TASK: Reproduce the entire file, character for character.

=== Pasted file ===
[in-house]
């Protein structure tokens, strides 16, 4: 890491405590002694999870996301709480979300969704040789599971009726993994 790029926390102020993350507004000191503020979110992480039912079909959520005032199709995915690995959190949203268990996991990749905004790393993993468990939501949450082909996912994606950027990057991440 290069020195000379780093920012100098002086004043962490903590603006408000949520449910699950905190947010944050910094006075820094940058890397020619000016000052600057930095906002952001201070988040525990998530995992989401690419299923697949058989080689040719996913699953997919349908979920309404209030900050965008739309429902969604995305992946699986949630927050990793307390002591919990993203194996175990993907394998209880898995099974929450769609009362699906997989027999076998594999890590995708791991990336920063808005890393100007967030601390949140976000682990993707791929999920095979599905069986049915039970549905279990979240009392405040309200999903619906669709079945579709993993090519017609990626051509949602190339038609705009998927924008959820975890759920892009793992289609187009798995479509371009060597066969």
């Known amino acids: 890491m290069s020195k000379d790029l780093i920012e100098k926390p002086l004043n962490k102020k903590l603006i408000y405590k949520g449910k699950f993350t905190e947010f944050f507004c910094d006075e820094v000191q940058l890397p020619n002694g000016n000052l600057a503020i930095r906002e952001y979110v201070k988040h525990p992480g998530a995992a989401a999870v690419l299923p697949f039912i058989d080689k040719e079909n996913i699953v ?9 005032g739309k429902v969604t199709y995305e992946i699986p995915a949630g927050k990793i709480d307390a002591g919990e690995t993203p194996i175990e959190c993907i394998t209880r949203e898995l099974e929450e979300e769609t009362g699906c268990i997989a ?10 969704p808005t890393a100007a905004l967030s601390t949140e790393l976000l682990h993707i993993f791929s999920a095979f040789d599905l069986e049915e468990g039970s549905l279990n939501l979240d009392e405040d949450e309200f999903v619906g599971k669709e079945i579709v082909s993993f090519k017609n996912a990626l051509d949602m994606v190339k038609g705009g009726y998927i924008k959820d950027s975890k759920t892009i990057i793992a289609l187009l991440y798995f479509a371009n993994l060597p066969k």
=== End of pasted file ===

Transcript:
[in-house]
């Protein structure tokens, strides 16, 4: 890491405590002694999870996301709480979300969704040789599971009726993994 790029926390102020993350507004000191503020979110992480039912079909959520005032199709995915690995959190949203268990996991990749905004790393993993468990939501949450082909996912994606950027990057991440 290069020195000379780093920012100098002086004043962490903590603006408000949520449910699950905190947010944050910094006075820094940058890397020619000016000052600057930095906002952001201070988040525990998530995992989401690419299923697949058989080689040719996913699953997919349908979920309404209030900050965008739309429902969604995305992946699986949630927050990793307390002591919990993203194996175990993907394998209880898995099974929450769609009362699906997989027999076998594999890590995708791991990336920063808005890393100007967030601390949140976000682990993707791929999920095979599905069986049915039970549905279990979240009392405040309200999903619906669709079945579709993993090519017609990626051509949602190339038609705009998927924008959820975890759920892009793992289609187009798995479509371009060597066969």
């Known amino acids: 890491m290069s020195k000379d790029l780093i920012e100098k926390p002086l004043n962490k102020k903590l603006i408000y405590k949520g449910k699950f993350t905190e947010f944050f507004c910094d006075e820094v000191q940058l890397p020619n002694g000016n000052l600057a503020i930095r906002e952001y979110v201070k988040h525990p992480g998530a995992a989401a999870v690419l299923p697949f039912i058989d080689k040719e079909n996913i699953v ?9 005032g739309k429902v969604t199709y995305e992946i699986p995915a949630g927050k990793i709480d307390a002591g919990e690995t993203p194996i175990e959190c993907i394998t209880r949203e898995l099974e929450e979300e769609t009362g699906c268990i997989a ?10 969704p808005t890393a100007a905004l967030s601390t949140e790393l976000l682990h993707i993993f791929s999920a095979f040789d599905l069986e049915e468990g039970s549905l279990n939501l979240d009392e405040d949450e309200f999903v619906g599971k669709e079945i579709v082909s993993f090519k017609n996912a990626l051509d949602m994606v190339k038609g705009g009726y998927i924008k959820d950027s975890k759920t892009i990057i793992a289609l187009l991440y798995f479509a371009n993994l060597p066969k």